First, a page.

We think we know the nature of the threat in Sputnik with its opening scene. The year is 1983, and in Soviet-controlled Kazakhstan, a spacecraft has crash-landed after a day of radio silence. A local farmer finds the wreckage and the two cosmonauts piloting the craft. One is dead by grievous injury to his head and neck. The other is disoriented and bleeding from the eyes, ears, and nose. Something happened in space, involving a shape of some sort hovering outside their aircraft, but it offers enough of a picture that we truly think we know what’s going on here. It follows in the tradition of other movies about extraterrestrial threats boarding a human craft and killing or possessing the souls onboard.

That’s what we expect from the movie, and it leaves room for screenwriters Oleg Malovichko and Andrei Zolotarev to offer some surprises. Chief among them is an ultimate focus on the human characters in this story, which runs against our expectations from movies of this sort. We are trained to anticipate an otherworldly being that is smarter, more interesting and more defined than the random earthbound chattel that gets in its way. The humans might place themselves in compromising situations, such as intentionally getting too close to the threat or foolishly investigating strange noises coming from darkened corners.

Such movies are gridlocked by a lack of creative ambition and an insistence upon settling for cheap scare tactics, but debuting director Egor Abramenko has made a film that is intelligent about its mixture of science-fiction and horror and intimate in its portrayal of the complicated fragility of its characters. The surviving cosmonaut, Veshnyakov (Pyotr Fyodorov), has apparently been taken over by the creature that was latched to the craft—a slimy thing with eyes like a spider’s and a skeletal frame that favors muscular forearms like a primate—and a division of Soviet intelligence, led by Semiradov (Fedor Bondarchuk), must determine whether the relationship is parasitic or symbiotic.

To that end, Semiradov has hired Tatyana (Oksana Akinshina), a doctor specializing in psychotherapy, who is under fire for a controversial experiment involving a boy she nearly drowned to retrieve the breakthrough she desired. Her job is to secure Veshnyakov and the fallen cosmonaut’s reputations as heroes of the Soviet Union—an important outcome, to say the least, for officials acting on behalf of that particular socialist state. The military would rather believe that the creature is a parasite to be separated from its host, despite all the evidence of a symbiotic relationship (which, as a reminder, means that each party is mutually benefiting the other).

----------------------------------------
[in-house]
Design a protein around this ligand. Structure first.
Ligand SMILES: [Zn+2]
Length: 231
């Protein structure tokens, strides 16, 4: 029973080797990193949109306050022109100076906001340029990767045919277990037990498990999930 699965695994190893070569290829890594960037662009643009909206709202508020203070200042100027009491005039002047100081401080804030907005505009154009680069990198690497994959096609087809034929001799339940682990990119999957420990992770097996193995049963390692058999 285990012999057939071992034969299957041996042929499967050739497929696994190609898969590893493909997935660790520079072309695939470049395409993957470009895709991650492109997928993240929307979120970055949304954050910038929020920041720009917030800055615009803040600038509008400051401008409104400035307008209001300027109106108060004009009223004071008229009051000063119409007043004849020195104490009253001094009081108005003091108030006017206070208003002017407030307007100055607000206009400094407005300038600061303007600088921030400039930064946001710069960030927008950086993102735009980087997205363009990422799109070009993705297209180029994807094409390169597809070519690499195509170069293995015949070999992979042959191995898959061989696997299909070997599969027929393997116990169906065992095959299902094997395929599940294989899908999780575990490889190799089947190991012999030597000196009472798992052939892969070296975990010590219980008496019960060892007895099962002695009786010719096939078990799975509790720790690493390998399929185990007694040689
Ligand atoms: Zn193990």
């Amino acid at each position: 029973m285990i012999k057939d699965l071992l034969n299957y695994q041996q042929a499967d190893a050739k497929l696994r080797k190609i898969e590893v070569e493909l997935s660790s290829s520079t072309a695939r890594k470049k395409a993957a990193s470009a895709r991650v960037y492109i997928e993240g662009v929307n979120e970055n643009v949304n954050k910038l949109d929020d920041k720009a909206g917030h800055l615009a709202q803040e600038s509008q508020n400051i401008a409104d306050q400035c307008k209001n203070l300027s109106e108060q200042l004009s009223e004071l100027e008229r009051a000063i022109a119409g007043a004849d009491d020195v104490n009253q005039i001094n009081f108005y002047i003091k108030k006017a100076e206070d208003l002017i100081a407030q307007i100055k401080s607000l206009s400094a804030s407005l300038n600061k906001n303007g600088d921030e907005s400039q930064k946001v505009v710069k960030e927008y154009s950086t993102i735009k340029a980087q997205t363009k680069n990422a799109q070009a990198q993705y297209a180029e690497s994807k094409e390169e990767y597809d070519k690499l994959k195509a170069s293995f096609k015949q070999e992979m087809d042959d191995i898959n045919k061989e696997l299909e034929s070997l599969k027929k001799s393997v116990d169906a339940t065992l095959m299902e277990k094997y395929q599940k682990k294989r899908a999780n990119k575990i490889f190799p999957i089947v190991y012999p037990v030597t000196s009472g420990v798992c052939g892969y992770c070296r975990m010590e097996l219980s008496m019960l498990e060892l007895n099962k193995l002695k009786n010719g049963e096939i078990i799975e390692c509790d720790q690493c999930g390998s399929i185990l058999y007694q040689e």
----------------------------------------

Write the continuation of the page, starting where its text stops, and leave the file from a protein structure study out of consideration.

For Tatyana, it isn’t that easy. She has a duty to the Soviet Union, of course, and there isn’t anything in the development of her character to suggest that such a duty is being infringed upon. She does also have a duty, however, to the examination process, and she cannot deny the results, even if those above her would rather lie to their own superiors about the progress of a warm welcome home after a few weeks in quarantine. Semiradov has no such qualms. For him, the question of the facts is secondary to the optics of it all. Veshnyakov, who has not been told about the alien overtaking his body every night for an hour and a half but certainly senses something is off, would like the credit without any of the blame.

The alien doesn’t care about any of this, which means that we get the expected set pieces involving the bloodshed it causes (all of it graphic, sometimes literally head-splitting, and exceptionally well-crafted). That gore is also undeniably of secondary importance to the filmmakers. Perhaps the fact that the alien represents something of a loyalty test for these Soviet mouthpieces is fitting. That is in the spirit of Russian science-fiction, which has always been less forgiving than the offerings of other regions. Whatever the case, Sputnik is an unsettling film about ethical and moral responsibility, wrapped in the cocoon of a superbly mounted sci-fi/thriller/horror hybrid that works as pure nightmare fuel.

Sputnik works as pure nightmare fuel and as an unsettling film about moral responsibility.
90 %
Horrifying and Human
  • Ottolenghi and the Cakes of Versailles

    There is little rhyme or reason to the construction of the material being shown here. …
  • The Devil All the Time

    It's as if the director told the author of his source material, "Hey I can't write to save…
  • Kajillionaire

    Though Kajillionaire is well-made and definitely feels part of the artist’s body of work, …

Leave a Reply

Your email address will not be published.

Check Also

Ottolenghi and the Cakes of Versailles

There is little rhyme or reason to the construction of the material being shown here. …